'Go-to' people in county must be commissioners

We see the plan to hire a county administrator as a mistake.


County government is not necessarily a model of efficiency nor does it easily adapt to the changes that have occurred in the 125 years Washington has been a state.

But county government does have a very clear positive -- it forces the people who oversee county government to be accountable to the people. A three-member Board of Commissioners is elected to serve as the legislative body and perform executive functions such as overseeing the day-to-day operation of county government.

Many of the specific functions of county government are managed by elected officials who ultimately answer to the voters. The state constitution calls for the election of the sheriff, auditor, treasurer, prosecutor and county clerk.

Overseeing a government under this structure, as the county commissioners do, has always been a big job, but it is even bigger today as local governments seem to be given more responsibility with no added support from the state. Meanwhile, citizens are always in the commissioners' ears.

Given that, it is understandable commissioners are contemplating making an administrative change so they can hand off some of their executive duties to a county administrator who would serve as a "go-to" person for day-to-day operations.

This shift would be a mistake.

The commissioners need to be the "go-to" people for citizens and the county elected officials.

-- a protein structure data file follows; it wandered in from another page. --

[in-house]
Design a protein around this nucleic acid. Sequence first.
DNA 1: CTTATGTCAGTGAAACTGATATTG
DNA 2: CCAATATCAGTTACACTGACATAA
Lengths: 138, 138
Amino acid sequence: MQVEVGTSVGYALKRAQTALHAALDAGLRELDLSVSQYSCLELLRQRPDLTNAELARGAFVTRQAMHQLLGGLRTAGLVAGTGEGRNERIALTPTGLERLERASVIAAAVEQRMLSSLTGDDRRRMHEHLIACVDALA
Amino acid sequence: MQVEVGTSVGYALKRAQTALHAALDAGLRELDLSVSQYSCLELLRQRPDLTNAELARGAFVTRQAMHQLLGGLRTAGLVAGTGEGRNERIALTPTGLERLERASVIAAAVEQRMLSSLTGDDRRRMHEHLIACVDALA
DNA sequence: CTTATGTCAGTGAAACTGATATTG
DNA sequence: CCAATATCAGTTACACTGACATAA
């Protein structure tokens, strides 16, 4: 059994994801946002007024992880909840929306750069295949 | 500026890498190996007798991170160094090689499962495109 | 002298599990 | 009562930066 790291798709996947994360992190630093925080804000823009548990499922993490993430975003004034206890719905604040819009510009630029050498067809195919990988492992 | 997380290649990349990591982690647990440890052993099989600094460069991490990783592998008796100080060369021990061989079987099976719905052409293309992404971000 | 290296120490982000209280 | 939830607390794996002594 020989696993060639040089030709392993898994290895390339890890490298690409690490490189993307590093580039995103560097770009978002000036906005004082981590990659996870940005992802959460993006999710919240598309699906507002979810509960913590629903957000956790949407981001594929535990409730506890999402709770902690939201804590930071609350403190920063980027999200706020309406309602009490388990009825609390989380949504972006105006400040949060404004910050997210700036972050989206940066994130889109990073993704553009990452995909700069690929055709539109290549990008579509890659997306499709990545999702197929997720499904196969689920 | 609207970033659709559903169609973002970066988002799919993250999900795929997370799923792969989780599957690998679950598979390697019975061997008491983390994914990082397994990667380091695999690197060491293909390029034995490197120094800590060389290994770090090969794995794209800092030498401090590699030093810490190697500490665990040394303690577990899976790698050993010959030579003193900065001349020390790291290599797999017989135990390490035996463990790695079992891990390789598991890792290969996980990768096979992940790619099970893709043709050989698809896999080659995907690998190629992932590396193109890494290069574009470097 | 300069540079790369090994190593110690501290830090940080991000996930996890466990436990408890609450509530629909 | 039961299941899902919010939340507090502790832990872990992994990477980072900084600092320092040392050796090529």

And, unlike City Council members who are given a $300 a month stipend for their role as policy setters, each commissioner is paid a full-time salary of $68,851 a year. The expectation is they do more than set policy; they also oversee the operation as executives.

The commissioners cannot be paid any less or more than the current salary unless they change the salary structure and then are re-elected. The constitution is clear that salaries cannot be changed in the middle of a term.

Commissioners are considering paying for a county administrator by using the salary of the employee who is retiring from his position overseeing human services-risk management ($73,855) and the salary of the part-time records officer ($30,714). The administrator would take on those duties plus budget and administrative duties.

It's unwise to fold human resources responsibilities into the administrator's job. The HR office must be a safe place where employees can go with their concerns about on-the-job issues. The county would be making itself more vulnerable to lawsuits if it does not have an HR person to address employee concerns in a professional manner.

The county is not in a financial position to hire more than one person for these various roles.

Until the financial picture for local governments improves, we believe the commissioners should put this plan on hold.

If more money were available, perhaps commissioners could restructure the Board of Commissioners' office to add an administrator to deal with the complexity of mandates, changing laws, etc..

But the commissioners need to hold the "go-to" positions as they answer directly to the voters.


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